CFA: Rapid research in action: Lessons from the field #cfp
Call for abstracts
Rapid research in action: Lessons from the field
Rapid research and evaluation are now commonly used in a wide range of fields to ensure study findings are provided in a timely manner. A recent review we carried out on the use of rapid ethnographies in healthcare showed a notable increase in the use of rapid ethnographies in the last five years and their expansion beyond the social sciences (e.g. now becoming more popular in nursing and medicine) (Vindrola-Padros and Vindrola-Padros 2017). Evaluations of interventions in healthcare as well as other sectors have also relied on rapid approaches and formative research designs to ensure findings can be delivered within a timeframe most useful for informing decision-making (Vindrola-Padros et al. 2020).
Despite widespread interest in this topic, there are limited reflections on the daily challenges of carrying out rapid research and evaluations. This book seeks to address this gap by analysing the everyday experiences of designing and implementing rapid studies in a wide range of sectors and global settings.
We are interested in chapters that can help answer the following questions:
We will prioritise chapters that draw from empirical studies where the research team engaged in some form of data collection (fieldwork) and those where members of the research team had different backgrounds (e.g., different disciplines, lived experiences, inter-agency coordination, etc.).
About the editors
Dr Cecilia Vindrola-Padros is a medical anthropologist interested in applied health research and the development of rapid approaches for research. Cecilia works as a Senior Research Fellow in the Department of Targeted Intervention, UCL and as a Social Scientist at the NIAA Health Services Research Centre (HSRC), Royal College of Anaesthetists (RCoA). She works across five interdisciplinary teams, applying anthropological theories and methods to study and improve healthcare delivery in the UK and abroad. Cecilia has written extensively on the use of rapid qualitative research and currently Co-Directs the Rapid Research Evaluation and Appraisal Lab (RREAL) with Dr Ginger Johnson. She is the past director of the Qualitative Health Research Network (QHRN) and a Fellow of the Society for Applied Anthropology (SfAA).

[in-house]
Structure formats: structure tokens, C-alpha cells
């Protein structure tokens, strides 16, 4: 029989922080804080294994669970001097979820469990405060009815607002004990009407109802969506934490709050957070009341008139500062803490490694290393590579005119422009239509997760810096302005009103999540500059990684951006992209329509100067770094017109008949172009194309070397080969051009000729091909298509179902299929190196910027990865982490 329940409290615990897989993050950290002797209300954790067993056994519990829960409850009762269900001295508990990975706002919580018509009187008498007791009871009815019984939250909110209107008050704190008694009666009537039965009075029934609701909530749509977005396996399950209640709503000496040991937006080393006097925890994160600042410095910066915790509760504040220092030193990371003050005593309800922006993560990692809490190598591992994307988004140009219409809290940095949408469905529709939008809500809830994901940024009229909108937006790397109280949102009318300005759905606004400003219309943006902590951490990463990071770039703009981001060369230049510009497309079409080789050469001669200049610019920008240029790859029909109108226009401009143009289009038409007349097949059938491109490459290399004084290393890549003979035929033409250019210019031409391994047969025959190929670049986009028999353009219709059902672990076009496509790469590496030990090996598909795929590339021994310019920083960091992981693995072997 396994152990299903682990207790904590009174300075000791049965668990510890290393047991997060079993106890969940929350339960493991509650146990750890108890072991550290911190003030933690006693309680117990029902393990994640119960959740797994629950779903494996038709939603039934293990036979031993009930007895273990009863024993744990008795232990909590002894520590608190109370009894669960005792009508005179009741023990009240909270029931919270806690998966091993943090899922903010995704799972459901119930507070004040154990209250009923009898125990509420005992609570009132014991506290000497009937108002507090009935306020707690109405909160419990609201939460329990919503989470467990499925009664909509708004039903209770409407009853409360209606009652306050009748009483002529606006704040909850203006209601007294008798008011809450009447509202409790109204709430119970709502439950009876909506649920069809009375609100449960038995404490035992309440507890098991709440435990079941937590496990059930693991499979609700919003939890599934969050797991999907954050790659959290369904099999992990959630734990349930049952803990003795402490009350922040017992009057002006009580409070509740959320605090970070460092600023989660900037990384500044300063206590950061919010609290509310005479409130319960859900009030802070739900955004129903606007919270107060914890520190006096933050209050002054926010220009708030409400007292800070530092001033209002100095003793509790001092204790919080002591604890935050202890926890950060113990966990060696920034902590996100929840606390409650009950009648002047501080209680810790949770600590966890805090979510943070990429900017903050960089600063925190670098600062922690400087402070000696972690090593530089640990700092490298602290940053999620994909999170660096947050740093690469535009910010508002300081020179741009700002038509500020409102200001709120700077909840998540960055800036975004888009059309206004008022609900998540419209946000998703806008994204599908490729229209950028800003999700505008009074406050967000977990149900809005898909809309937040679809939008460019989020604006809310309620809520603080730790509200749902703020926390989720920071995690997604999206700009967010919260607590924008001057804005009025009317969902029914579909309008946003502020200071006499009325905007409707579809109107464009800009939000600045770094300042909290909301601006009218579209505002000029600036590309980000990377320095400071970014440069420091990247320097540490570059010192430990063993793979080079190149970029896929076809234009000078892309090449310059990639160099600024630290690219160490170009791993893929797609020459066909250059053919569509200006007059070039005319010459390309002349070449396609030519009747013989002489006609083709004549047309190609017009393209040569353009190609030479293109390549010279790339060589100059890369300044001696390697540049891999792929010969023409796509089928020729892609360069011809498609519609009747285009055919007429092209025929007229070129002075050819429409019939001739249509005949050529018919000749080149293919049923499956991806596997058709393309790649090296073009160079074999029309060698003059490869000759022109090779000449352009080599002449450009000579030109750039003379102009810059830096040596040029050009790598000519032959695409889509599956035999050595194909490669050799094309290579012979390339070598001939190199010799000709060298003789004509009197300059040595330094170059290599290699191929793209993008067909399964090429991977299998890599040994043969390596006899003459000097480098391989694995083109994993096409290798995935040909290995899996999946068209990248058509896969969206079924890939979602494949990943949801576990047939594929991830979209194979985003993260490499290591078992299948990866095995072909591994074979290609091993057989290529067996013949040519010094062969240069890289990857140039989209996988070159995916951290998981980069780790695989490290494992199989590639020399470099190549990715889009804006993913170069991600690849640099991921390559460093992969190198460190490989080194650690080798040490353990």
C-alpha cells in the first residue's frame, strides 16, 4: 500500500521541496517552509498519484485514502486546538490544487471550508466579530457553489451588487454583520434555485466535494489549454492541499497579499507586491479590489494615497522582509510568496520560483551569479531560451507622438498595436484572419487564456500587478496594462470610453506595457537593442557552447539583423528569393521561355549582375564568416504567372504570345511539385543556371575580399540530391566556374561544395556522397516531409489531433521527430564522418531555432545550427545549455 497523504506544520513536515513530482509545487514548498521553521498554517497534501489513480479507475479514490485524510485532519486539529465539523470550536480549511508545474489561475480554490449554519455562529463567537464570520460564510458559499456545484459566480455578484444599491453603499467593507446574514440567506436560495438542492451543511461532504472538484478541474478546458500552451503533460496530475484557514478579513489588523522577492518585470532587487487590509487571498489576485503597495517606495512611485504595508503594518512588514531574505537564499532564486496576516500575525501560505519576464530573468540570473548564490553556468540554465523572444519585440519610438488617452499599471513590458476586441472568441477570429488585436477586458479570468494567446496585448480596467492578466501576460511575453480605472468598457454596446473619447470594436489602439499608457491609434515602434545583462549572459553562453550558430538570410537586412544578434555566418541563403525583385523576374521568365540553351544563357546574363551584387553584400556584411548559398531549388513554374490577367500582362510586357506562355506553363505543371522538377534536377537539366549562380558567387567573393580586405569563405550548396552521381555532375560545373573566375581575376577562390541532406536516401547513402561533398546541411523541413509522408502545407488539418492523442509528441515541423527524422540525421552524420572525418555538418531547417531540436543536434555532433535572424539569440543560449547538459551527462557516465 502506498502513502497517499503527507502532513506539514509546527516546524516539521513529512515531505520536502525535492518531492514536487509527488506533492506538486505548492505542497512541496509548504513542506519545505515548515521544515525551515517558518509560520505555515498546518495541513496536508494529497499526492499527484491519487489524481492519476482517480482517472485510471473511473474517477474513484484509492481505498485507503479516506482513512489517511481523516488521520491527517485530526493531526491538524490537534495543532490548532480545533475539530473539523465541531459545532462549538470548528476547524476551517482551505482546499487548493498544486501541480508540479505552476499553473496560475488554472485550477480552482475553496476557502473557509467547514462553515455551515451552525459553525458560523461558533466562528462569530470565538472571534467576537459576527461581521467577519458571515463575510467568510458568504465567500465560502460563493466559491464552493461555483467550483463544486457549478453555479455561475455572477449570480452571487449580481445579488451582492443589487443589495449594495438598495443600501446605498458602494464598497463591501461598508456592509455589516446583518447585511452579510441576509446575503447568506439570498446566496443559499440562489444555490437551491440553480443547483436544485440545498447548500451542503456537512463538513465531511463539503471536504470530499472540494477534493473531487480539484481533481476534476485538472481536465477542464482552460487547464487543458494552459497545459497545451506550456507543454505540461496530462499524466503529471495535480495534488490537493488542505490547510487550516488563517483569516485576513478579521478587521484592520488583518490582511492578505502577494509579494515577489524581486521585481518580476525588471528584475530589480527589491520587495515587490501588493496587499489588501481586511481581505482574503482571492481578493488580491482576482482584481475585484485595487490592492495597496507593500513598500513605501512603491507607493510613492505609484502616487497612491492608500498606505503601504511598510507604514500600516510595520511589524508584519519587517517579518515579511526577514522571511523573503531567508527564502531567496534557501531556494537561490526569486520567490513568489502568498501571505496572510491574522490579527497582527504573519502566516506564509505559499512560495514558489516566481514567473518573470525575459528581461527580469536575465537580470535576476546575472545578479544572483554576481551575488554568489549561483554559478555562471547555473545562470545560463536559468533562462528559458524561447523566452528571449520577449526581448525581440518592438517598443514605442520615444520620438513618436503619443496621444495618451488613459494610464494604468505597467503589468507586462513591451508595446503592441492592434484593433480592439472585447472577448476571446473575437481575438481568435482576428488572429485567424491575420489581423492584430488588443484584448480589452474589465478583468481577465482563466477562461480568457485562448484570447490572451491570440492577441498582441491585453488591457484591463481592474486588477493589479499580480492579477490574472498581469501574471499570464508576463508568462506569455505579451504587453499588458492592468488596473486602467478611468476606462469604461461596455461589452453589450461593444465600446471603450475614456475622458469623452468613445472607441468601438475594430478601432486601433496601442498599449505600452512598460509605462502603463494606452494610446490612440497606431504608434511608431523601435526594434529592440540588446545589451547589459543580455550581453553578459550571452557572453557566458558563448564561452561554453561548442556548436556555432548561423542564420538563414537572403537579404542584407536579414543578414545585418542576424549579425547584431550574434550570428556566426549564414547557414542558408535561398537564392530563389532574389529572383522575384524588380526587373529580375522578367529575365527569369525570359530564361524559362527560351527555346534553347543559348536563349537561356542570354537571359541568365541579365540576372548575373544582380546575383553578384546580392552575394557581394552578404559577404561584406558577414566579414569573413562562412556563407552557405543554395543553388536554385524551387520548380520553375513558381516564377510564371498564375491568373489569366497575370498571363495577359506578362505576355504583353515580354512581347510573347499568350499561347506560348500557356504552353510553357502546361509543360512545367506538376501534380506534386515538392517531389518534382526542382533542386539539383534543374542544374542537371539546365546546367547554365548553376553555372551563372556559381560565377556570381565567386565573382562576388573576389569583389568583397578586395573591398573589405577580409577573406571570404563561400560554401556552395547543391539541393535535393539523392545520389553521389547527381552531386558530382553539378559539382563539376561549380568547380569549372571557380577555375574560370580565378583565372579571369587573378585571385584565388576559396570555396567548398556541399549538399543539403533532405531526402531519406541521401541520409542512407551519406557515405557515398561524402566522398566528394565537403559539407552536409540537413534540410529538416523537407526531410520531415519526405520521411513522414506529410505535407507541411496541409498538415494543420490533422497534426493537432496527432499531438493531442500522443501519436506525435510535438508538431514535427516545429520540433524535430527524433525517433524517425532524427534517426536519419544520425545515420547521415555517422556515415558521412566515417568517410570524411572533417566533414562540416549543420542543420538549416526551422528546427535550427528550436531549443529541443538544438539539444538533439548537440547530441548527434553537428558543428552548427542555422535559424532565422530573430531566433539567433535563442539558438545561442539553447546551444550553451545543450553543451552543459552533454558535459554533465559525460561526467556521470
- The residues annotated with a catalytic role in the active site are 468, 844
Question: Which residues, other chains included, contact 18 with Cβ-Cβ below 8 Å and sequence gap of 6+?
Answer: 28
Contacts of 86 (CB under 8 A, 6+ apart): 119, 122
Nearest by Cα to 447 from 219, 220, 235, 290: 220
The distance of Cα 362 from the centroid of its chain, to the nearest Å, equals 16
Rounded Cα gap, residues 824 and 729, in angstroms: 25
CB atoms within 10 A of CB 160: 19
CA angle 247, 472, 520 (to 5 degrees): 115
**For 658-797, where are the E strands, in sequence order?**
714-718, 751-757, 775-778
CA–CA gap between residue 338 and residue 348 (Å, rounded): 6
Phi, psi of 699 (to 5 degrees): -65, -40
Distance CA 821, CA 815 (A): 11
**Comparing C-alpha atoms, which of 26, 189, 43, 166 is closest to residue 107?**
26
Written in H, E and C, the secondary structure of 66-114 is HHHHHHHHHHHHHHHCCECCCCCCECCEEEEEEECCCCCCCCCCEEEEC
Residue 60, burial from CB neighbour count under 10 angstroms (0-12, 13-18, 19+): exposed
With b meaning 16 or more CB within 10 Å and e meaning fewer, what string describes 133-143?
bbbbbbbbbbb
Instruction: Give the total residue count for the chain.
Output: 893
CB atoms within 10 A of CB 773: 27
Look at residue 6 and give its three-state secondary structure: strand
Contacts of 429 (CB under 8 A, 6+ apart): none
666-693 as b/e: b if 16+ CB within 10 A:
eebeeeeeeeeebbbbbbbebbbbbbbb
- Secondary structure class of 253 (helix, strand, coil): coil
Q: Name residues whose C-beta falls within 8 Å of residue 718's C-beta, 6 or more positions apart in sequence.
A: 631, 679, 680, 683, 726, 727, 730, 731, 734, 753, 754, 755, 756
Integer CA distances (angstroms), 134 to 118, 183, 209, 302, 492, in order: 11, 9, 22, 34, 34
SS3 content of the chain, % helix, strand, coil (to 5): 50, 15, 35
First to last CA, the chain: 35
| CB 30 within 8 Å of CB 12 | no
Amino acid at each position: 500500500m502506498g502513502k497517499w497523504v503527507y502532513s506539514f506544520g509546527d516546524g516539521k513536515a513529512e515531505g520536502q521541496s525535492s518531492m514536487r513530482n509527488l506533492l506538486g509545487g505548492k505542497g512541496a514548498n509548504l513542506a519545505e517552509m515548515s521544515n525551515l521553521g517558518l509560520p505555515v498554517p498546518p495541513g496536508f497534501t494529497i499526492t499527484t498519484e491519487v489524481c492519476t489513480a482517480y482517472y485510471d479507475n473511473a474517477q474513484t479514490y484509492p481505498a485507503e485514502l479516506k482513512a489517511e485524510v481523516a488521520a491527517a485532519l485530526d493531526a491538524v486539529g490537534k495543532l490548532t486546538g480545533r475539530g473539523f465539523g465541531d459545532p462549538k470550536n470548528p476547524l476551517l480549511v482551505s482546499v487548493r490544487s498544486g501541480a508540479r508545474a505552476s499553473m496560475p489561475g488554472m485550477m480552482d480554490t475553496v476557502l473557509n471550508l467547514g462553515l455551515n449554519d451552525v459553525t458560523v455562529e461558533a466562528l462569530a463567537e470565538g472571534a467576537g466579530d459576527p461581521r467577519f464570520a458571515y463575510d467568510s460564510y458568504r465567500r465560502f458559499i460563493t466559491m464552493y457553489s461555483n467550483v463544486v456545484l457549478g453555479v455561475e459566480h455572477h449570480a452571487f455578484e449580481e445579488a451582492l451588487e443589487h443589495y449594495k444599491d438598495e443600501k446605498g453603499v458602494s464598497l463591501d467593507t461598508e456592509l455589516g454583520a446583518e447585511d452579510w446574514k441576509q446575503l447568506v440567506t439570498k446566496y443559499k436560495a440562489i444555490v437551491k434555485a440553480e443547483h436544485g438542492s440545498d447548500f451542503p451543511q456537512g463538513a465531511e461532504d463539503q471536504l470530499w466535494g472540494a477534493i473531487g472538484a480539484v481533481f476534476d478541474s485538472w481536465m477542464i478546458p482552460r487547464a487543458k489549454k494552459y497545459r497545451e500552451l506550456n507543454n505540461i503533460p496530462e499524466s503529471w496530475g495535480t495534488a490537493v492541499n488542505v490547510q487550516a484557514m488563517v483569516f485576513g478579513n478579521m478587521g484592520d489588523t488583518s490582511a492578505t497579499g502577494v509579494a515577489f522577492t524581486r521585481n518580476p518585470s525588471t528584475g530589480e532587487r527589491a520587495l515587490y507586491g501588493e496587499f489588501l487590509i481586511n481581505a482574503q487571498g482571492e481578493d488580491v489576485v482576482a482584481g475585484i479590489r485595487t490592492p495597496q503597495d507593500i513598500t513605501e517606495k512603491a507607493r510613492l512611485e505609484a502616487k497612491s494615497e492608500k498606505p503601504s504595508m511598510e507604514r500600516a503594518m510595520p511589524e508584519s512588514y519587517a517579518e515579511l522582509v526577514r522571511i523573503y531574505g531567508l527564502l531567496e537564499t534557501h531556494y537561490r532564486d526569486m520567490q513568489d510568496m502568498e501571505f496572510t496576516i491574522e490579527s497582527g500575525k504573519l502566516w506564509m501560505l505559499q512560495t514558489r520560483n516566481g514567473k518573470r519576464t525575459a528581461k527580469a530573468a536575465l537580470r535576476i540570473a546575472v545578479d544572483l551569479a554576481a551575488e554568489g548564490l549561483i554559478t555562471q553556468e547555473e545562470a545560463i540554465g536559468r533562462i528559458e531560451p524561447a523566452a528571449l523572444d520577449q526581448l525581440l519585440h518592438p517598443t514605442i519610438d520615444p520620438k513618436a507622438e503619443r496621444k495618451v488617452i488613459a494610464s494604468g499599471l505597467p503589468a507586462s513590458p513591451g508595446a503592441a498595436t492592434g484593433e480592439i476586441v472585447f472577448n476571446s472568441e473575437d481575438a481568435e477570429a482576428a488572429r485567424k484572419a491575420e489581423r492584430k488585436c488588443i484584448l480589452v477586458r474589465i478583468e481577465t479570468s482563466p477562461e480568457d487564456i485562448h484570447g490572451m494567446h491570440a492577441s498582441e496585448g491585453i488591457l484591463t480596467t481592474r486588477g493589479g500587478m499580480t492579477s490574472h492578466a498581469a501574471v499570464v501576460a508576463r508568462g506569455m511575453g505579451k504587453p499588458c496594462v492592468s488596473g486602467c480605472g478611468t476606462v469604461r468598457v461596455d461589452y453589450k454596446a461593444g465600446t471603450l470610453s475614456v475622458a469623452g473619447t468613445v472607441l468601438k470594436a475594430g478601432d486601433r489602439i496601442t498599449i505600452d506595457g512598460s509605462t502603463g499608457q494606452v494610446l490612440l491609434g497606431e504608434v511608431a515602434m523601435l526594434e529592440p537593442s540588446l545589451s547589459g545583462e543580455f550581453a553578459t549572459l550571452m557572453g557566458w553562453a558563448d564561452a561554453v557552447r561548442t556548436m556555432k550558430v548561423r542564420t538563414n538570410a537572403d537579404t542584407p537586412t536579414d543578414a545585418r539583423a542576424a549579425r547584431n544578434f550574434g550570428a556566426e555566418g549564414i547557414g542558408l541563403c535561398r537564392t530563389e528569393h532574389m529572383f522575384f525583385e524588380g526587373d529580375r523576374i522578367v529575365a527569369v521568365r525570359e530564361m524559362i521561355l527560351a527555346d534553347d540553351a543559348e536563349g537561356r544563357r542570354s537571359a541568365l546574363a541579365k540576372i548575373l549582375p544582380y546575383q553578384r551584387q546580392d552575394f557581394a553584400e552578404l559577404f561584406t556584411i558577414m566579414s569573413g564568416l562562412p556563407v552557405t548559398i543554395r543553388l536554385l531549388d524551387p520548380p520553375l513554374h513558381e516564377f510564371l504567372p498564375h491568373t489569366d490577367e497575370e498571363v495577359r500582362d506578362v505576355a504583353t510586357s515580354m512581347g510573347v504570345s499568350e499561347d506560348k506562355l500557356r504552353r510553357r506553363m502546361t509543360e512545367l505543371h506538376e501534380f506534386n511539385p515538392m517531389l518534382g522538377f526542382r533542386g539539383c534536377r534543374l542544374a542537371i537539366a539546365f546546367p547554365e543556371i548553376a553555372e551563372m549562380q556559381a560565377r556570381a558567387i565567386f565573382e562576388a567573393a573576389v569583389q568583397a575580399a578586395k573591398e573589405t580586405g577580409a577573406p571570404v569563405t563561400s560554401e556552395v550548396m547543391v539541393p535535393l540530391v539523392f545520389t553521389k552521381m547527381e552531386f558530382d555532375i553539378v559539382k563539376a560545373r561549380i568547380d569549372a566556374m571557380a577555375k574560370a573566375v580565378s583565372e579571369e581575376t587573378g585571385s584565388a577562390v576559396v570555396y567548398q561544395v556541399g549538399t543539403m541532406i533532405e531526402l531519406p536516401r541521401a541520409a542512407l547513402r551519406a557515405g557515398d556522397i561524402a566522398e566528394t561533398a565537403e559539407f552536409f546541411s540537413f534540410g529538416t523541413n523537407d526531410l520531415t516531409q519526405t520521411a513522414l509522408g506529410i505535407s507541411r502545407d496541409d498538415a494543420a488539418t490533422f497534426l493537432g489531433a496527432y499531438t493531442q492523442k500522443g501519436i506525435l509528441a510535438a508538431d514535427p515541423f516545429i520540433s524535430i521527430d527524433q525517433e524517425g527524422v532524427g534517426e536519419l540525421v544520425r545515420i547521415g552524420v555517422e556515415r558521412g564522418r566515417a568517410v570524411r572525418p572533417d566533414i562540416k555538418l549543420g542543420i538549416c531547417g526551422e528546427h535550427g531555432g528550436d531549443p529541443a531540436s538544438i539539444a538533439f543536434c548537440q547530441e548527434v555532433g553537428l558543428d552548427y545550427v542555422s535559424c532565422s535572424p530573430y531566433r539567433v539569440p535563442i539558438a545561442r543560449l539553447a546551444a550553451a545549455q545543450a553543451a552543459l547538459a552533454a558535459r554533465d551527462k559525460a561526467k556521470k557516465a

Dr. Ginger Johnson is a medical anthropologist who has conducted research in response to emerging global public health threats in East, West, Central and Southern Africa, North and Southeast Asia, and in the Middle East and North Africa on behalf of the World Food Programme (WFP), United Nations Children’s Fund (UNICEF), the World Health Organization (WHO), the International Federation of Red Cross and Red Crescent Societies (IFRC), United Nations Population Fund (UNFPA), Population Services International (PSI), United Nations High Commissioner for Refugees (UNHCR), the Institute of Tropical Medicine (ITM), and Médecins Sans Frontières (MSF). She was embedded in West Africa with the IFRC during the 2014-2016 Ebola outbreak and has additionally been involved in conducting research on subsequent public health emergencies of international concern such as Zika in Latin America, Ebola in DRC, polio in Pakistan and the COVID-19 pandemic.Ginger currently Co-Directs RREAL with Dr Cecilia Vindrola-Padros.
If you are interested in contributing a chapter for this edited volume, please send an abstract (500 words max) to Cecilia Vindrola (c.vindrola@...) and Ginger A. Johnson (johnson.ginger@...) by 1 November 2021. Please include a list of authors and affiliations.